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My long journey home

07 November 2019

Mario delos Reyes is reunited with his wife Gigi (left). 

By Mario delos Reyes

Part 1
I had spent almost the entirety of my productive life behind bars, but when the Big Day that all inmates are looking forward to, especially lifers, finally arrived, my emotion was strangely one of anger instead of happiness. This might have something to do with how the Long Term Prison Sentences Review Board had dragged its feet assessing my sentence, despite the endorsements of many highly respected people of the society, not to mention the trial judge’s personal legal opinion that this case must have been one of manslaughter, not of murder, that carries just a few years’ sentence. The Review Board had ignored these facts, but addressed them finally this year, maybe due to the pressure from media.



I was brimming with hope and confidence when the Chief Prison Superintendent wrote an endorsement for a Special Assessment Report on my behalf a few years back. This report is rare and given only to a few selected inmates, but even this was not able to convince the Review Board, which merely replied that “insufficient time served”. However the question that has never been answered since, is how much is “sufficient time”?

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When I was finally released after being given a fixed sentence, the CSD (Correctional Services Department) turned me over to immigration authorities. According to the prison superintendent, they didn’t know what to do with me on the basis that I have a HK ID card.

I was in the CSC for two weeks, but my departure date and flight date was given to me a week prior and my mind was not on my family, but on my adopted family who I was with for the past 26 years. Sadness engulfed me at the thought of leaving them behind for they will miss “Kuya Mario” for sure, especially the sisters in the women’s prison whom I have always tried to help with matters like drafting grounds for appeal, petitions for sentence reductions, how to earn extra money while inside, and how to beat the prison system without infringing established rules and regulations.

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I always felt a sense of gratification whenever a positive outcome was achieved with my help, and conversely, when a negative one resulted, making me feel worse than the intended recipient. However, whatever the outcome, I’ve always thanked and praised the God almighty, for His will be done.

The day of my departure finally arrived. I was escorted by two sympathetic young immigration officers at the airport, as well as Consul Paul Saret and Attache Arnel de Luna of the assistance to nationals section of the Philippine Consulate, who checked in my baggage and arranged my flight route. I was so overwhelmed with gladness by the dignified treatment given me for the entire duration of my repatriation.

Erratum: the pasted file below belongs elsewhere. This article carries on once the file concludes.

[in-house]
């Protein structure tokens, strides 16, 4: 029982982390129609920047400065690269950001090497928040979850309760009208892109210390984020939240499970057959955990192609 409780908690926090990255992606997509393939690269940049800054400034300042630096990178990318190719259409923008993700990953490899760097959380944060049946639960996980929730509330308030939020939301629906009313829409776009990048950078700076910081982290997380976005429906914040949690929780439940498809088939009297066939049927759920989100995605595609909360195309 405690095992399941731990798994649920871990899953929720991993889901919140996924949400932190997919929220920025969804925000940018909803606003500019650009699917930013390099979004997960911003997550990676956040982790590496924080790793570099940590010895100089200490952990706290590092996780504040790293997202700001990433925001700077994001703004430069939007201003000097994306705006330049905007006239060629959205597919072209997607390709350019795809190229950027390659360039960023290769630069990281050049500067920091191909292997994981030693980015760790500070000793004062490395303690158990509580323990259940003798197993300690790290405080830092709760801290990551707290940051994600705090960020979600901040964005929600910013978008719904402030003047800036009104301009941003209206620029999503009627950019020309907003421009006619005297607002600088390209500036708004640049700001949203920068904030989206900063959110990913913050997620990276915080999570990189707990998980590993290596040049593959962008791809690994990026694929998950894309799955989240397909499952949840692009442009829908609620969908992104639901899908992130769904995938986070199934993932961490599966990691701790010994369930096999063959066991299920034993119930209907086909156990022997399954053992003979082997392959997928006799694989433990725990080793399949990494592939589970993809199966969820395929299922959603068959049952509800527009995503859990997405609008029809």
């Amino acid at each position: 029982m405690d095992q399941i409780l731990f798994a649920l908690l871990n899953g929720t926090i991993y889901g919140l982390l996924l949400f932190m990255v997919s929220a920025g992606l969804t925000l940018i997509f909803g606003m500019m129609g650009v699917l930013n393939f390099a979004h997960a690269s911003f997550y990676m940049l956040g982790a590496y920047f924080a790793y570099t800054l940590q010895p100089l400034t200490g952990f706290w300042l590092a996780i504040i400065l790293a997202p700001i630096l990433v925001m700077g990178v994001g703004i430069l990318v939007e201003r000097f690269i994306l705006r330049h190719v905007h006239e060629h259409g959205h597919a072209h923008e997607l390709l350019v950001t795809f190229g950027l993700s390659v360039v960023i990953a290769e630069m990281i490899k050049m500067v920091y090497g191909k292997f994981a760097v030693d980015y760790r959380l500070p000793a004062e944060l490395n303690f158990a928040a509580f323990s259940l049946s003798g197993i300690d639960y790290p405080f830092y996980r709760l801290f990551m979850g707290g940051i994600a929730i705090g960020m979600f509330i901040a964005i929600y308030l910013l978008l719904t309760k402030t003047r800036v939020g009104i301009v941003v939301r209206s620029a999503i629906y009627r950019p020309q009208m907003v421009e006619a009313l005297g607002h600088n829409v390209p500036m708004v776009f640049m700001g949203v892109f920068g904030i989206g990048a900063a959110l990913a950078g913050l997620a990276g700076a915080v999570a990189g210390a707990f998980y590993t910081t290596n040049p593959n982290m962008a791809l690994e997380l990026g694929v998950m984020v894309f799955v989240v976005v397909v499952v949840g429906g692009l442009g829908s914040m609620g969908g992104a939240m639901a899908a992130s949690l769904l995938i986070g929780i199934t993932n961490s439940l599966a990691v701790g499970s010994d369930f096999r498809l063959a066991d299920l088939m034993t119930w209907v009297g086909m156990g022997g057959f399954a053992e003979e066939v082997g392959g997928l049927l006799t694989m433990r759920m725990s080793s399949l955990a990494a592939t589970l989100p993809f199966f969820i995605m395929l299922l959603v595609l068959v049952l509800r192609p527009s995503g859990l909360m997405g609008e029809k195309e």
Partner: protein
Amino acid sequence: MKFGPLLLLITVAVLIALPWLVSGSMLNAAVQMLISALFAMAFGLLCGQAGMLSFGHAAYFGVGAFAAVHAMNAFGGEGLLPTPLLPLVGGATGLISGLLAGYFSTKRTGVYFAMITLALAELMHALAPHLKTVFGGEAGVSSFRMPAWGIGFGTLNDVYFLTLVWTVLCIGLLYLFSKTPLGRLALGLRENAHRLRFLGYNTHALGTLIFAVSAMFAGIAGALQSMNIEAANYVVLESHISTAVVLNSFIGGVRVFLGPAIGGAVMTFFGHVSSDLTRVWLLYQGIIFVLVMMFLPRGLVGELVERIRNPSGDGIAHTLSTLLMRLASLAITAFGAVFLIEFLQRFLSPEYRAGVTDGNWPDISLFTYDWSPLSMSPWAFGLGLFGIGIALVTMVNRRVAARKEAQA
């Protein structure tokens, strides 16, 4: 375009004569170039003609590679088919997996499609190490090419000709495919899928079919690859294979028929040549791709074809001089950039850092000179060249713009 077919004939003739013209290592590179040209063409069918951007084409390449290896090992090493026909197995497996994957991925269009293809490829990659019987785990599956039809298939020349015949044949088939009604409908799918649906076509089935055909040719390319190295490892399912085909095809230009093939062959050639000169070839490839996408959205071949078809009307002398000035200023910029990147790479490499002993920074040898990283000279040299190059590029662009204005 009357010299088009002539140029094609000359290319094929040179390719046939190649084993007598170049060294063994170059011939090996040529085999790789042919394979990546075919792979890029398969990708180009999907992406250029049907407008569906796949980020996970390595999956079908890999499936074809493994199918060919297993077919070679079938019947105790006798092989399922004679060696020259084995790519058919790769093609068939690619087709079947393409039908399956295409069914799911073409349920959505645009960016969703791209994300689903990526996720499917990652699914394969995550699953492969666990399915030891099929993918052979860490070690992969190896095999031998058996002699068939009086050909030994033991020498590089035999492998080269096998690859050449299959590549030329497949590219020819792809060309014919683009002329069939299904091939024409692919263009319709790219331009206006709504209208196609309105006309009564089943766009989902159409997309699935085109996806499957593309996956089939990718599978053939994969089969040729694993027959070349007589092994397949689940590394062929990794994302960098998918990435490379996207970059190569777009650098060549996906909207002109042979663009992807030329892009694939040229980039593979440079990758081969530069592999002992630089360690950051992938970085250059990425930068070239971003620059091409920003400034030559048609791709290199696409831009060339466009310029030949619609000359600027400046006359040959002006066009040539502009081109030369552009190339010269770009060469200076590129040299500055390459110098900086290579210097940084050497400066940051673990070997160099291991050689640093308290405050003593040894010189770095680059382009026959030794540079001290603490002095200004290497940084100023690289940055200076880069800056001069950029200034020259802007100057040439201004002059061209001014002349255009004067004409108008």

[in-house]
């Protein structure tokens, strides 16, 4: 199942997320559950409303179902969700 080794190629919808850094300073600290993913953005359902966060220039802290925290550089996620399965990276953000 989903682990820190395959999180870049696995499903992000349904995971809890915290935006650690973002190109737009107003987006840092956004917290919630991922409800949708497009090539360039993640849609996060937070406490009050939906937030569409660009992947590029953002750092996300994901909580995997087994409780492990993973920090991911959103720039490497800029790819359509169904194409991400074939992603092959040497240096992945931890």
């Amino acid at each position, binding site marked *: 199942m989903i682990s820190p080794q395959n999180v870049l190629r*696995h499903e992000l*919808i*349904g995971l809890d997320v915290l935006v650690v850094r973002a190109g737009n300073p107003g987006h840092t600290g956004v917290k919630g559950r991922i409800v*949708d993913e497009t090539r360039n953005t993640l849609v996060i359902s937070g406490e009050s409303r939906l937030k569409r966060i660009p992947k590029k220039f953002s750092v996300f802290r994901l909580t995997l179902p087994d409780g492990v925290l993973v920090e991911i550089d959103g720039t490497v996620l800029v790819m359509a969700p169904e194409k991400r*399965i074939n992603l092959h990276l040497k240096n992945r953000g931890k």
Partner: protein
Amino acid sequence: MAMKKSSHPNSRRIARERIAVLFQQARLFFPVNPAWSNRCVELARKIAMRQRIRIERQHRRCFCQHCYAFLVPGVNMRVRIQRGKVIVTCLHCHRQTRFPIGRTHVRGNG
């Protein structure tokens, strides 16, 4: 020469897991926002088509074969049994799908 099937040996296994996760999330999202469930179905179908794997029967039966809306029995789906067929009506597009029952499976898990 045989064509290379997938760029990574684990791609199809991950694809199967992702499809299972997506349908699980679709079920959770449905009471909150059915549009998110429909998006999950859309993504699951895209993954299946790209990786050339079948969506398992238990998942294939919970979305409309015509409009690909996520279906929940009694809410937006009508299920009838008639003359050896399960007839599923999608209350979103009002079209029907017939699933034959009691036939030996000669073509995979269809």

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I was probably the last passenger to embark and luckily I was assigned a seat near the window and nobody knew I was a deportee except for the flight attendant who was holding my travel documents.

Upon my arrival at the Manila International Airport I was assisted and guided by a friendly mestiza-looking stewardess who initiated a friendly conversation until we arrived at the immigration counter.

A question and answer with a woman immigration superintendent ensued. I showed her The SUN article with the headline, “Mario is free” and she was amazed upon reading it. She immediately asked if she could be of help, so I told her I had a cell phone but I didn’t know how to use it. She asked me for my wife’s number and after calling it, told me that my family was already waiting at the arrival area.

One of her underlings escorted me to the right exit where my daughter and wife were waiting. They hugged me tightly, but I felt no emotion whatsoever for I got used to being away from them, first, when I was still in the active military service, then as an OFW, and finally, while in prison. This could explain the tepid feeling I felt.

Then from out of nowhere a car stopped beside where we were standing and my younger son alighted in a dramatic “welcome back, dear papa” greeting, complete with a brief tight hug. Then he carried my luggage and dropped it in the car compartment.

I was confused by the many changes I saw in Manila and didn’t recognize any of the scenery anymore on our way back home. But I know I have to begin and move on with my life anew, and catch up with what I missed for the past three decades.

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This is a personal account by the author on how he felt on his release, 26 long years after he was jailed in Hong Kong for a murder he has always maintained he did not commit. Mario lived an exemplary life as an inmate, taking up all courses on offer, including a master’s degree in Business English; and extending help to other Filipinos who were in jail, especially the women drug couriers. It’s a long process of healing, but Mario is hopeful he will overcome, with help from his wife and three children who have remained supportive through the years. Welcome back, Mario! – ed
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